Newly Revealed MH370 Info Suggests Search Off for Fateful Flight

MH370

In the two years since Malaysia Airlines flight MH370 disappeared, there has been a continuous search in the Indian Ocean area for the Boeing 777 plane. But, newly revealed information, based on flight simulator data similar to what was used by the Sept. 11 terrorists, suggests that areas targeted for the search for the fateful flight have been off.

“New York” magazine reported Friday that they obtained a confidential document from Malaysian police about the investigation into the fate of the flight to Beijing from Kuala Lumpur that disappeared on March 8, 2014, with 239 people onboard. The document reportedly showed that the pilot, Zaharie Ahmad Shah, used flight simulator software to “practice” a flight that veered into the remote southern parts of the Indian Ocean weeks before the plane vanished under similar circumstances.

The magazine revealed that, shortly after the disappearance, Malaysian authorities gave the hard drives that Zaharie used to record during sessions by the Microsoft Flight Simulator program to the U.S. Federal Bureau of Investigation (FBI) to study. Since then, the FBI recovered six deleted data points from the weeks before MH370 disappeared that show a flight path that veered into the southern Indian Ocean that could be the path used. This presents strong evidence yet that Zaharie planned the flight as a premeditated mass murder-suicide act.

Several reports have linked other uses of the Microsoft flight simulator “game” to terrorist training. For example, the Sept. 11 perpetrators reportedly trained with flight simulators to study the controls of larger aircraft and the airports and routes being considered. It was widely rumored that they used the Microsoft software available at the time, which included the World Trade Center and other New York landmarks.

Since MH370 disappeared, several experts have expressed theories about what transpired. They include piloting scenarios as to whether one, both or neither were in control when the plane presumably hit the water. Investigators are pretty sure someone deliberately turned off the plane’s transponder before diverting the flight off course.

From the onset, Zaharie has been a primary suspect. However, there were no indications in his life of family stress, radical influences, or other impetuses of someone planning to become a mass murderer, until the flight simulator data was recovered.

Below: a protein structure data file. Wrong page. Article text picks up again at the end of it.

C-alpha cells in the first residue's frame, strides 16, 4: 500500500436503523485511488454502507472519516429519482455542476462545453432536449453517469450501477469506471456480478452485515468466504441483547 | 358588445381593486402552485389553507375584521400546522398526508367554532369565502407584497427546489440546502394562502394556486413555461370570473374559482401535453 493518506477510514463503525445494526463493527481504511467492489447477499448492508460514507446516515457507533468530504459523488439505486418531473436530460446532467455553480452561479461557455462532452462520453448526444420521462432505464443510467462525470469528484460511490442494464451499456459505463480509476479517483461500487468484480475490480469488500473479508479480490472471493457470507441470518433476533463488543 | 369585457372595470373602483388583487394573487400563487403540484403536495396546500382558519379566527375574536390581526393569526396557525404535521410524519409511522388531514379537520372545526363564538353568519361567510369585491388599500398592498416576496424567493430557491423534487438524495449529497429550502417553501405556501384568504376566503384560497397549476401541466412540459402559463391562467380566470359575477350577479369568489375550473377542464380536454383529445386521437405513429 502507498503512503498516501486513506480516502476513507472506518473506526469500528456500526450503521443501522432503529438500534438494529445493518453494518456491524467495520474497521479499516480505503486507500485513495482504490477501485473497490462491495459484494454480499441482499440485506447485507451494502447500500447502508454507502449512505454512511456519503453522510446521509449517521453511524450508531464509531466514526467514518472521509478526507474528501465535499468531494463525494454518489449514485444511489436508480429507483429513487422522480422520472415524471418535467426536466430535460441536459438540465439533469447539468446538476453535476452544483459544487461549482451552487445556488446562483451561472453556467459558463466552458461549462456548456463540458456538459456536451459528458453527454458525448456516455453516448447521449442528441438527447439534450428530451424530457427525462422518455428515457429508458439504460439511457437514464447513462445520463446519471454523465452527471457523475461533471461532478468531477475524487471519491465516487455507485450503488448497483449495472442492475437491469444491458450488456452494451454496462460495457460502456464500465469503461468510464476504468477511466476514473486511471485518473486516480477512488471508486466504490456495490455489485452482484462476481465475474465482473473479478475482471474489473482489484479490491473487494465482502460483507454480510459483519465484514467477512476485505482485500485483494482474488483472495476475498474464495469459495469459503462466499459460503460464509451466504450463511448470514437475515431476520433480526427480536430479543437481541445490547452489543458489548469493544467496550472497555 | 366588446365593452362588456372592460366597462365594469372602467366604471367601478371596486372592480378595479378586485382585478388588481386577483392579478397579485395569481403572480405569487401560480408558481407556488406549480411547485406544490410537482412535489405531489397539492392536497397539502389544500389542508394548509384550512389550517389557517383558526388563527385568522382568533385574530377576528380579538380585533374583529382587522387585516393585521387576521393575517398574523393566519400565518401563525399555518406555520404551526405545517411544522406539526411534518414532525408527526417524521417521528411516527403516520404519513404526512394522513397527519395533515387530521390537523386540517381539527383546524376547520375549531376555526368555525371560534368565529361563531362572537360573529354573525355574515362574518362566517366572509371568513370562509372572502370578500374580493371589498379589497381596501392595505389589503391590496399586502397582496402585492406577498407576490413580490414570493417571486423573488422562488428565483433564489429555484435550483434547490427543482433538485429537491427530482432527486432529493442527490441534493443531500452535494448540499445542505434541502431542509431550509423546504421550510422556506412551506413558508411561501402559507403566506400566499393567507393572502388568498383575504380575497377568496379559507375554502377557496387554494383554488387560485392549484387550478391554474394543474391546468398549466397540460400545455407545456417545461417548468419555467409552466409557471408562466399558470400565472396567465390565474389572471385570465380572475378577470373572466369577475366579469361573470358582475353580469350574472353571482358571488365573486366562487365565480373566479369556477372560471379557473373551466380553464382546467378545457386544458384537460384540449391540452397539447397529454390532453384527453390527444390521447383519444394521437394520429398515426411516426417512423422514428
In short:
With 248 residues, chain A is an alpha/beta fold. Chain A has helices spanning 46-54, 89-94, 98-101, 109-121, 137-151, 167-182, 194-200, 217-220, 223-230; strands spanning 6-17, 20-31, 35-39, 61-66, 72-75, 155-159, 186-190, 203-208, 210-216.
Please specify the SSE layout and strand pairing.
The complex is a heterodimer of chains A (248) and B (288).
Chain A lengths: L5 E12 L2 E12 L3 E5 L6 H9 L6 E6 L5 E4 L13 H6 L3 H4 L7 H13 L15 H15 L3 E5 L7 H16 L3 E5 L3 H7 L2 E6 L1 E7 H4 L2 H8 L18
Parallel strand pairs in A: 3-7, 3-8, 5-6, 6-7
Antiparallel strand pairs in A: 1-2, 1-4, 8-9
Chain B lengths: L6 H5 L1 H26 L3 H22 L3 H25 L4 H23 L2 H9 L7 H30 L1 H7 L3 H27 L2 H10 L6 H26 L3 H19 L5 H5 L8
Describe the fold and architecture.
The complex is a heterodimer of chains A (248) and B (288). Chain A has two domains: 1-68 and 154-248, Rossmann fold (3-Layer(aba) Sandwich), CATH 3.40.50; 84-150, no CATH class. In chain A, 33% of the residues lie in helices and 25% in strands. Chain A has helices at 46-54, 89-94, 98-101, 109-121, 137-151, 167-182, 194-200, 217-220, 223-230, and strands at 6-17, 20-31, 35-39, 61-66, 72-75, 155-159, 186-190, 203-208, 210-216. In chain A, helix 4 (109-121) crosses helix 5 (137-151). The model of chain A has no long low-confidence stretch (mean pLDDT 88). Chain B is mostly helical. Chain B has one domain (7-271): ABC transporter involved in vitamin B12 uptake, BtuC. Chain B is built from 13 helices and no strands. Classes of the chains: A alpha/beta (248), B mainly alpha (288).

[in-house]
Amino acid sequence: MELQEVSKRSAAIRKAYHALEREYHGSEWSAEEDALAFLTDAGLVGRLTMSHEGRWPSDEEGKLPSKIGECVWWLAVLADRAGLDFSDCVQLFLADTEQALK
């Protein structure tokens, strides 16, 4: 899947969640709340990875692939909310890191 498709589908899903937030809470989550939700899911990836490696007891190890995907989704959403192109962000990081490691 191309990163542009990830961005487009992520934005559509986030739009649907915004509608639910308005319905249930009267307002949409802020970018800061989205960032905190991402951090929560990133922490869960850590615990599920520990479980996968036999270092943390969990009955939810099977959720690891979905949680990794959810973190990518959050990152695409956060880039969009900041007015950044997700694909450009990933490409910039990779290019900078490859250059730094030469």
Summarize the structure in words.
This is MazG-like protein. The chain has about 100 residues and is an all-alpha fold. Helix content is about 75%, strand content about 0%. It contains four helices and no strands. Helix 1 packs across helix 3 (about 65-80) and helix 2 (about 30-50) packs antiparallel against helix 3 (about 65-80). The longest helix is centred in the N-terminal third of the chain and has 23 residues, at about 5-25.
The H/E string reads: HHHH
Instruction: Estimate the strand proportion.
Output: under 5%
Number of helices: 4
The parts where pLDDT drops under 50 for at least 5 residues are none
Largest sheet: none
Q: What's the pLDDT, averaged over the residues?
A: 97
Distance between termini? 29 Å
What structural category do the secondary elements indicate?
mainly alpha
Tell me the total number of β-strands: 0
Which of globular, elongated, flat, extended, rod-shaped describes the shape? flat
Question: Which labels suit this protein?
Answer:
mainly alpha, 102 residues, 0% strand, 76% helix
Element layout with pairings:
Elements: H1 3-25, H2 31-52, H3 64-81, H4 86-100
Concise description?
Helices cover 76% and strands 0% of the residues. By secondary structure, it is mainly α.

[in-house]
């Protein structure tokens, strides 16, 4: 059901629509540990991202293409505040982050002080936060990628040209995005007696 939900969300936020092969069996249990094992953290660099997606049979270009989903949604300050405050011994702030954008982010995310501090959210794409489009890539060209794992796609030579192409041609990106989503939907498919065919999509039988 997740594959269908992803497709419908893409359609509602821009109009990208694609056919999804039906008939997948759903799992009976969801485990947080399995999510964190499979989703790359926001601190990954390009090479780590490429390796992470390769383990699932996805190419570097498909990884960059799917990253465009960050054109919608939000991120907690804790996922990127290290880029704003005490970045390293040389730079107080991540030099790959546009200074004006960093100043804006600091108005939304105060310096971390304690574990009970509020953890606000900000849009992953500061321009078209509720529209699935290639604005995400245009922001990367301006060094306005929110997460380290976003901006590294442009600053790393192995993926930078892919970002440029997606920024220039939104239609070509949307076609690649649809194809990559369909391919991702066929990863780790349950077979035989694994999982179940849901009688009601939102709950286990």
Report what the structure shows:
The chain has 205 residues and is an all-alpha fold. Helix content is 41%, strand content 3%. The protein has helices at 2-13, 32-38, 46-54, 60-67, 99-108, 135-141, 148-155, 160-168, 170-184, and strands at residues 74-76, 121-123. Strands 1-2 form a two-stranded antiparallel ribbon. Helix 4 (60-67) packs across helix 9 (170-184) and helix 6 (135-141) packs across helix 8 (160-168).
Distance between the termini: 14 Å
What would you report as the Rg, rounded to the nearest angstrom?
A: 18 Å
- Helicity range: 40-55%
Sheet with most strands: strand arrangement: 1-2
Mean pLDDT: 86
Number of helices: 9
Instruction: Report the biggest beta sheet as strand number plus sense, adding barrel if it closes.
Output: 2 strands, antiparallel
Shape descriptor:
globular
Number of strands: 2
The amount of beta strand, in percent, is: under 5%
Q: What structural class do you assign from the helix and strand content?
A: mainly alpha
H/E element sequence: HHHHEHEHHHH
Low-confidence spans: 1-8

Debris from the flight has washed up on various western Indian Ocean beaches, giving credence to theories that it crashed into the water. Searchers have combed parts of over 120,000 square kilometers of ocean off Western Australia for two years, but the flight simulator data implies that the searchers probably searched in the wrong area. The simulated endpoint was approximately 900 miles from the remote patch where officials have long believed the plane went down after running out of fuel exhaustion. However, If the flight was manned at that point, it could have glided further for a while. So, even using the data from the simulator does not put those conducting the searching any closer to finding the lost airplane.

With endless end-of-flight scenarios to consider and countless miles of ocean covered already, authorities involved in the search have indicated they might call of the fruitless quest soon. If they do call off the search for MH370, and make available all data they know about the fateful flight and newly revealed info on possible paths, there could be a collaborative public attempt from rival companies to try to find the plane. This would be similar to solutions used by people searching for sunken ships (and their treasures).

Written and Edited by Dyanne Weiss

Sources:
NY Magazine: Exclusive: MH370 Pilot Flew a Suicide Route on His Home Simulator Closely Matching Final Flight
Reuters: MH370 search team raises prospect plane could lie elsewhere
Daily Mail: The flight software that ‘trains the terrorists”

Photo of MH370 from 2011 courtesy of Laurent ERRERA from L’Union, France – Creative Commons license.

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